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Discussion in 'Plants: Identification' started by sharan, Oct 22, 2009.
hi there, does anybody know what this plant climbing up the building is?
Boston Ivy, Parthenocissus Tricuspidata?
Japanese Creeper Parthenocissus tricuspidata
Note: related to Virginia Creeper Parthenocissus quinquefoia, not an ivy Hedera!
would you know if it's a fast growing plant?
Judging by the amount of pruning I see I'd say rapid.
if you were buying a house, and you saw something like the one above with the boston ivy, would it deter you from buying?
It would depend on if it's Masonry or Wood.
Masonry wouldn't worry me, wood would be a concern.
Do the roots not affect the masonry? It seems that the mortar would be susceptible to decay and crumbling. I admit to having no actual knowledge on the subject, only suspicion.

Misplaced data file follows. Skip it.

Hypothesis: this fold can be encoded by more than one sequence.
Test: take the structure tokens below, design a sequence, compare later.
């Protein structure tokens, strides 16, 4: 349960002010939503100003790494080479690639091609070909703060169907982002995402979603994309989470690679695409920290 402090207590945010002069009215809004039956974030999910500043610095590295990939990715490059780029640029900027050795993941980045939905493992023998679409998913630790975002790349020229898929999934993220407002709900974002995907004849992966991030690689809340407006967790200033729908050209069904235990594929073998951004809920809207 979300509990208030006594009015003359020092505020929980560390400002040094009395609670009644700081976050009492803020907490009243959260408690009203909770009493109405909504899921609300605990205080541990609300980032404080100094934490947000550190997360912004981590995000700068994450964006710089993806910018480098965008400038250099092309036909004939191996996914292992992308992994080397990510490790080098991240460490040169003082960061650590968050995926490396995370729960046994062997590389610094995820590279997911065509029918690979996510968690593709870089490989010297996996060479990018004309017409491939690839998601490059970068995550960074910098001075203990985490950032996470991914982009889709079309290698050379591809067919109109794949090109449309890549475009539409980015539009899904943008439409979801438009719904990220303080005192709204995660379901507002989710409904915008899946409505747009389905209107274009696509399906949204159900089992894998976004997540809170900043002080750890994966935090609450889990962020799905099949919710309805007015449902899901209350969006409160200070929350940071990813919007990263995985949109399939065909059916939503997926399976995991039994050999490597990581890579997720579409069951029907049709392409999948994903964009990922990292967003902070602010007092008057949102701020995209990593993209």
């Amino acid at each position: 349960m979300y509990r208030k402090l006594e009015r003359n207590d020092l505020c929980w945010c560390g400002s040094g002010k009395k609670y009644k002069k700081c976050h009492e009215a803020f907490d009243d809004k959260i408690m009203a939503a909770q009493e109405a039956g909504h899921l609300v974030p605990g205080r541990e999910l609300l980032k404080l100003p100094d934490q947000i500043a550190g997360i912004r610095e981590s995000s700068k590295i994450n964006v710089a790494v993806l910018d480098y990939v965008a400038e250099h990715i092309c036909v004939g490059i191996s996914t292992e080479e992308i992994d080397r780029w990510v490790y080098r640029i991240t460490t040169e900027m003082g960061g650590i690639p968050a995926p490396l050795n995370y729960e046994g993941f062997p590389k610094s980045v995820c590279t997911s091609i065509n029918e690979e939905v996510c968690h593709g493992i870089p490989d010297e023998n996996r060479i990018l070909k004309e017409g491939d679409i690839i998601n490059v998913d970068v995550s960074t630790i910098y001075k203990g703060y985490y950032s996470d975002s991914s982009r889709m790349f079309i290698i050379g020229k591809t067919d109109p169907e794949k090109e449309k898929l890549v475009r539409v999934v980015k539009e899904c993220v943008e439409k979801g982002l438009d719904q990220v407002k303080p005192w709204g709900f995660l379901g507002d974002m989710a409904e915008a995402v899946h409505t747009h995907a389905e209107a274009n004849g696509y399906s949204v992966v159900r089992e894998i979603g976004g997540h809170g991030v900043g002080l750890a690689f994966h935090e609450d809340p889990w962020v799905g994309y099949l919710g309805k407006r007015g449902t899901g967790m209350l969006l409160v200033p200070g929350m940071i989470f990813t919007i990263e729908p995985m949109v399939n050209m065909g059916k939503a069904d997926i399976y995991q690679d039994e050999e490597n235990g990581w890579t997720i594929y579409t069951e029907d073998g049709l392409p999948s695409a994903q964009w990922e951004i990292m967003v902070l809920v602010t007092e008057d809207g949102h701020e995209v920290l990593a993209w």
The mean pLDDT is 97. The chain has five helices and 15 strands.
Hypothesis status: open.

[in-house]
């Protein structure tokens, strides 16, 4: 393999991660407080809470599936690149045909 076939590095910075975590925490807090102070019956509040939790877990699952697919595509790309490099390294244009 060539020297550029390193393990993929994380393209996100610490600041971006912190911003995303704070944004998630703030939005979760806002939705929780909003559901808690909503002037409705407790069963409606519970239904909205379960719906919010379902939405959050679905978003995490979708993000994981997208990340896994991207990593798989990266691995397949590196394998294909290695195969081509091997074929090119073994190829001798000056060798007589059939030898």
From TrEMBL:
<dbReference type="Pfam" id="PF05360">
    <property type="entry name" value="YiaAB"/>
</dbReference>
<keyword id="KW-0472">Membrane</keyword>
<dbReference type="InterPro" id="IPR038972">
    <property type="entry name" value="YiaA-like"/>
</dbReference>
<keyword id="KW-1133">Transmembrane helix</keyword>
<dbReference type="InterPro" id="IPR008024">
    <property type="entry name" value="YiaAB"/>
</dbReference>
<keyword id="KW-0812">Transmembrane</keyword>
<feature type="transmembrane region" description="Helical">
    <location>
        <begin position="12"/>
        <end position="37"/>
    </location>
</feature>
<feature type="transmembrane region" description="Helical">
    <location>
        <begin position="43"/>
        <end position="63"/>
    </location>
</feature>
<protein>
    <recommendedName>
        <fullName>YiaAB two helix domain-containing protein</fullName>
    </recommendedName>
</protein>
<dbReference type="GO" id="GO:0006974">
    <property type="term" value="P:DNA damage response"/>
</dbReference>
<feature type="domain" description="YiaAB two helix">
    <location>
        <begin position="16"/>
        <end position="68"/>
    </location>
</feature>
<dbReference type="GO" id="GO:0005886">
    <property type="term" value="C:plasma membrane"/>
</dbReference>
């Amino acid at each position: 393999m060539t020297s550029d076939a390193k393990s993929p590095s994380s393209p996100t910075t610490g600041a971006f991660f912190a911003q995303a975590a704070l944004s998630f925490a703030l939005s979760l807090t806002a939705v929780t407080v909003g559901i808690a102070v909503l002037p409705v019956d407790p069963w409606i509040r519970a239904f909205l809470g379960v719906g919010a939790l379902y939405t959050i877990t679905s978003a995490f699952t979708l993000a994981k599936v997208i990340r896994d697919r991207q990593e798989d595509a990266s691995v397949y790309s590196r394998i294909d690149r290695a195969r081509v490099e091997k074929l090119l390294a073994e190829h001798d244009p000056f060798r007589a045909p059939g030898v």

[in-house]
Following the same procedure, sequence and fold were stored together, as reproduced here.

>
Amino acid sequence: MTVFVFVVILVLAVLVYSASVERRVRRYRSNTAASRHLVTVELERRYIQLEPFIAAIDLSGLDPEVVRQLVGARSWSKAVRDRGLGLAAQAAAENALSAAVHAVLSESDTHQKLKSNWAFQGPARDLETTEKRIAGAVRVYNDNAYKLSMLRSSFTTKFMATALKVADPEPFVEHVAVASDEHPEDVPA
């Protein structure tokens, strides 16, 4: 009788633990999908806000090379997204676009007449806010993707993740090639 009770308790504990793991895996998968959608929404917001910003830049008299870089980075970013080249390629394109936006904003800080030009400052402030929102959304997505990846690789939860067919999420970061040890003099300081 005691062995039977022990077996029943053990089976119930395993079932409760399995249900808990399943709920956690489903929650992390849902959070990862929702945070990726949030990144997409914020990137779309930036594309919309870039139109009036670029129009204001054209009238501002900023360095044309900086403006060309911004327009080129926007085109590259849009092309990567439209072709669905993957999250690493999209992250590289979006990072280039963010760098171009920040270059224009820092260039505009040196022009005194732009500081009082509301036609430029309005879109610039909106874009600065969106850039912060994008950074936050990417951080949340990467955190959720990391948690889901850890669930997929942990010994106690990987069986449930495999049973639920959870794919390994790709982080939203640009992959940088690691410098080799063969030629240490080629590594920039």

i have no idea either, we have a red brick house, much smaller than the one in the picture, and it's rather plain looking at the front, i've always loved the old english look so wanted to incorporate a beautiful climber that would look good against the red brick, but im worried if it lowers the buying power of the house in 10-15 yrs time
That's very idiosyncratic. I couldn't sell my previous home because of the
Xeriscaped yard. Many people only want what they are most familiar with.
Boston ivy and Virginia creeper are vigorous grape relations growing quite large in time. Structures they have been let loose on become coated with a network of clinging stems. The leaves turn bright colors in fall and drop, leaving the surface to look at though covered in roots during the winter. Anything less monumental and permanent than a university hall or manorial house is liable to be overwhelmed, even damaged.
Read recently about how 'ivy league' universities spend big bucks to remove ivy from their buildings, due to the ill effects on brick mortar. Some alumni object to this procedure...but daresay they'd object even more strongly to having to foot the bill for new buildings!
Snazzy car in photo!